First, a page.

Mickle's story of Syr Martyn is the most pleasing of his original pieces. The object of the narrative is to exbibit the degrading effects of concubinage, in the history of an amiable man, who is reduced to despondency and sottishness, under the dominion of a beldam and a slattern. The defect of the moral is, that the same evils might have happened to Syr Martyn in a state of matrimony. The simplicity of the tale is also, unhappily, overlaid by a weight of allegory and of obsolete phraseology, which it has not importance to sustain. Such a style, applied to the history of a man and his housekeeper, is like building a diminutive dwelling in all the pomp of Gothic architecture.


Fleet past the months ere yet the giddy boy
One thought bestowd on what would surely be;
But well his aunt perceiv'd his dangerous toy,
And sore she feard her auncient familie
Should now be staind with blood of base degree:
For sooth to tell, her liefest hearts delight
Was still to count her princely pedigree,
Through barons bold all up to Cadwall hight,
Thence up to Trojan Brute ysprong of Venus bright.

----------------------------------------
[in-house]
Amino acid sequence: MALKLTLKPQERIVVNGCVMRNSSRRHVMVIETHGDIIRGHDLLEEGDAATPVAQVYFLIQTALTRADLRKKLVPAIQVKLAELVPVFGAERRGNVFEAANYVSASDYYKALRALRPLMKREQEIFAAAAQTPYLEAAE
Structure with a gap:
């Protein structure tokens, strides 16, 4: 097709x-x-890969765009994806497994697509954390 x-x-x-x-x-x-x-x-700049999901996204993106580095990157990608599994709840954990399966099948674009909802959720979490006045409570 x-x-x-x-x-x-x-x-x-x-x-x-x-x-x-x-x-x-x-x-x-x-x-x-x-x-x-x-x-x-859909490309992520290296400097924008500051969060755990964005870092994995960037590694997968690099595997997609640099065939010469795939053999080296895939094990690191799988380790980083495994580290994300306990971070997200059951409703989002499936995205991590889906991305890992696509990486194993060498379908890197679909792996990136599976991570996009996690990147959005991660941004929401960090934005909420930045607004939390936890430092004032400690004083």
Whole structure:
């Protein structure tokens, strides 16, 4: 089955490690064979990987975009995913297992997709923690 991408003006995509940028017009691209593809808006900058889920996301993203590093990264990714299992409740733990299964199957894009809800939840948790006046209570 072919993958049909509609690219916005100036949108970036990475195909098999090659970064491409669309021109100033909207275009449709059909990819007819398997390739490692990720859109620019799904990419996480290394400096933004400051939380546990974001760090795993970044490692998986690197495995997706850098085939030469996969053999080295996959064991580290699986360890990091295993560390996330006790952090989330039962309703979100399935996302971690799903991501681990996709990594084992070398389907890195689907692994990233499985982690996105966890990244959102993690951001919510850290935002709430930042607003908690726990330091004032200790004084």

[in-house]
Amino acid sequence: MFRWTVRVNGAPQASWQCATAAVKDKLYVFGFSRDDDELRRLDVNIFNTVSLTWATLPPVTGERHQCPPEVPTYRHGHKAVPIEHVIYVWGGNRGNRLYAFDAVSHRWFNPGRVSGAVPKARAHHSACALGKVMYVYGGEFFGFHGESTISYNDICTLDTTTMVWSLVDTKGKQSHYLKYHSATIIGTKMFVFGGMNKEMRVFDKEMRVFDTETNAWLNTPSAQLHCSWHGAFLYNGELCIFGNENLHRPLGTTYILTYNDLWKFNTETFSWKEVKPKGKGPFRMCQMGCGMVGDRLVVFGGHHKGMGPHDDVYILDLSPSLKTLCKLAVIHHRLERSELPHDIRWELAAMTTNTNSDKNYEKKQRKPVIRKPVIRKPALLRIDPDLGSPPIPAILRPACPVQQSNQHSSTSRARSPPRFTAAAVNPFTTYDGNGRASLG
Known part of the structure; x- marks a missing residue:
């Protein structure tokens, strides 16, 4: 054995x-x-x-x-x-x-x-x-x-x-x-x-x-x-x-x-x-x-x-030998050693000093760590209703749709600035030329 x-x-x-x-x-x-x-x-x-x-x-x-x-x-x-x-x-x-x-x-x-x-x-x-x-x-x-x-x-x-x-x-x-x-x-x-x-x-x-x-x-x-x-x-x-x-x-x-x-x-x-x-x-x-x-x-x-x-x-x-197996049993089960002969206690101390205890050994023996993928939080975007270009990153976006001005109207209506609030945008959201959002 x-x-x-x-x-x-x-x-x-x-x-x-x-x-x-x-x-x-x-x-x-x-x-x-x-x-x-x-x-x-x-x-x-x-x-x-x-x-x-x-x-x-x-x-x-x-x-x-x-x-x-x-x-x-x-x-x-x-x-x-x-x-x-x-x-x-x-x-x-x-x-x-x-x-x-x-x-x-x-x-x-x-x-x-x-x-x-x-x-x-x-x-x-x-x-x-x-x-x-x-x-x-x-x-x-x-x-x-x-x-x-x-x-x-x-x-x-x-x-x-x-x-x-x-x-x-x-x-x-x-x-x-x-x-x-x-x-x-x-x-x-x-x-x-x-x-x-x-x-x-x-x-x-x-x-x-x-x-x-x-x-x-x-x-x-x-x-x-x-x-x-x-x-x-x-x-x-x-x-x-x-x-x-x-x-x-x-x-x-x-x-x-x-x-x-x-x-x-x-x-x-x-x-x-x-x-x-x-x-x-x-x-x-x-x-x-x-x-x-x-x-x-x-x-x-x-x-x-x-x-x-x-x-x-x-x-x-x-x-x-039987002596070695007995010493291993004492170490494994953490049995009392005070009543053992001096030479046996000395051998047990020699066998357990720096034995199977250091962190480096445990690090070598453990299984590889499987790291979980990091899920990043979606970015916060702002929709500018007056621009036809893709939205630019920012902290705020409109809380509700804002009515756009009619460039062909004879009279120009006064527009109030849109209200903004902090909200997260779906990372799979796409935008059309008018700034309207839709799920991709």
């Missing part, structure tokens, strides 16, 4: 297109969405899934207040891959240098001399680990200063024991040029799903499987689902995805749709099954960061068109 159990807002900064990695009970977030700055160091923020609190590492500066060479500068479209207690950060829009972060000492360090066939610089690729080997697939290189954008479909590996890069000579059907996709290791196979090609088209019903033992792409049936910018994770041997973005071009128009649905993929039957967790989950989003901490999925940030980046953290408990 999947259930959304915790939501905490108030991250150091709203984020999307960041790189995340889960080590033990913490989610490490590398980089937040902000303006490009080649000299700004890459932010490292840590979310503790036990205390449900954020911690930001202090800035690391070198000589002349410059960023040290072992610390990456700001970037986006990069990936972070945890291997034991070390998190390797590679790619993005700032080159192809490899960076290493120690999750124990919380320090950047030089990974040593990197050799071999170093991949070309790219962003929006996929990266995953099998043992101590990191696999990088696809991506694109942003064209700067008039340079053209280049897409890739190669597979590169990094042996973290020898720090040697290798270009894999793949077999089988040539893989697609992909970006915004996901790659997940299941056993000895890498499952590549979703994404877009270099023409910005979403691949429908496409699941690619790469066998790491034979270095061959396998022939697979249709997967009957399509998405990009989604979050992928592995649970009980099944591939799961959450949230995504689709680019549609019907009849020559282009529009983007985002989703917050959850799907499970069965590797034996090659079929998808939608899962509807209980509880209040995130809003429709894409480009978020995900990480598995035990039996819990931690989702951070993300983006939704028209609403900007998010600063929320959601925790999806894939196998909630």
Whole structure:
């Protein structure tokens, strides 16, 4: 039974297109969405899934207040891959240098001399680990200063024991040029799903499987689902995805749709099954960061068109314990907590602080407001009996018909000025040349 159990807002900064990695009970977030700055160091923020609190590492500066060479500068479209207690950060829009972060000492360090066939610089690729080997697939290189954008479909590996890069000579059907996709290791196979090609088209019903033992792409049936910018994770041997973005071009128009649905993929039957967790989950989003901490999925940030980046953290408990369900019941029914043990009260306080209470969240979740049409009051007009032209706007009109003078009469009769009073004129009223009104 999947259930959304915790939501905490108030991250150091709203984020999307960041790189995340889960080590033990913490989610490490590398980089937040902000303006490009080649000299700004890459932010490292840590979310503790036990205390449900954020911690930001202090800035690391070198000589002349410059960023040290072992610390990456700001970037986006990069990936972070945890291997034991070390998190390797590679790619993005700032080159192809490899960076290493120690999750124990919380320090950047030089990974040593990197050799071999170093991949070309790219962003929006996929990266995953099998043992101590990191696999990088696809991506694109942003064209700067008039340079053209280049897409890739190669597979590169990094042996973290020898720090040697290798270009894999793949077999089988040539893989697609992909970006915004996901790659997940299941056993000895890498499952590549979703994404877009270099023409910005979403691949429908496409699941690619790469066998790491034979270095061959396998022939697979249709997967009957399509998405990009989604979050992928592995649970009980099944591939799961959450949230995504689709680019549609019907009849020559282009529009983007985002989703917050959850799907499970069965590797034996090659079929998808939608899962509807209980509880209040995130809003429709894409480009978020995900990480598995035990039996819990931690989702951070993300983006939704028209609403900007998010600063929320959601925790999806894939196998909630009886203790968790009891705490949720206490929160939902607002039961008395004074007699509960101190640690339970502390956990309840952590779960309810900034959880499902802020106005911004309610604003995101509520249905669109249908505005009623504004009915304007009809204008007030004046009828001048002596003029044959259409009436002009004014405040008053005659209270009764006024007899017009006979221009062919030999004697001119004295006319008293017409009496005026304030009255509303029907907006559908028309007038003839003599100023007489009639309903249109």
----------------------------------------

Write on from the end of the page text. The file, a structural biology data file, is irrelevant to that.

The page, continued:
“ But, zealous to forefend her gentle race From baselie matching with plebeian bloud, Whole nights she schemd to shonne thilke foull dis

grace, And Kathrins bale in wondrous wrath she vowd: Yet could she not with cunning portaunce shroud, So as might best succede her good intent, But clept her lemman and vild slut aloud; That soon she should her gracelesse thewes repent, And stand in long white sheet before the parson


So spake the wizard, and his hand he wavd,
And prompt the scenerie rose, where listless lay

knight in shady bowre, by streamlet lavd, While Philomela soothd the parting day:

Here Kathrin him approachd with features gay,
And all her store of blandishments and wiles ;
The knight was touchd-but she with soft delay
And gentle teares yblends her languid smiles,
And of base falsitie th' enamourd boy reviles.

Amazd the boy beheld her ready teares,
And, faultring oft, exclaims with wondring stare,
“ What mean these sighs ? dispell thine ydle feares;
And, confident in me, thy griefes declare.”
“And need," quoth she, “need I my heart to bare,
And tellen what untold well knowne mote be?
Lost is my friends goodwill, my mothers care-
By you deserted-ah! unhappy me!
Left to your aunts fell spight, and wreakfull crueltie.”

My aunt!" quoth he, “ forsooth shall

mand? No; sooner shall yond hill forsake his place," He laughing said, and would have caught her hand; Her hand she shifted to her blabberd face, With prudish modestie, and sobd, “ Alas! Grant me your bond, or else on yonder tree These silken garters, pledge of thy embrace, Ah, welladay! shall hang thy babe and me, And everie night our ghostes shall bring all Hell to


Ythrilld with horror gapd the wareless wight,
As when, aloft on well-stored cherrie-tree,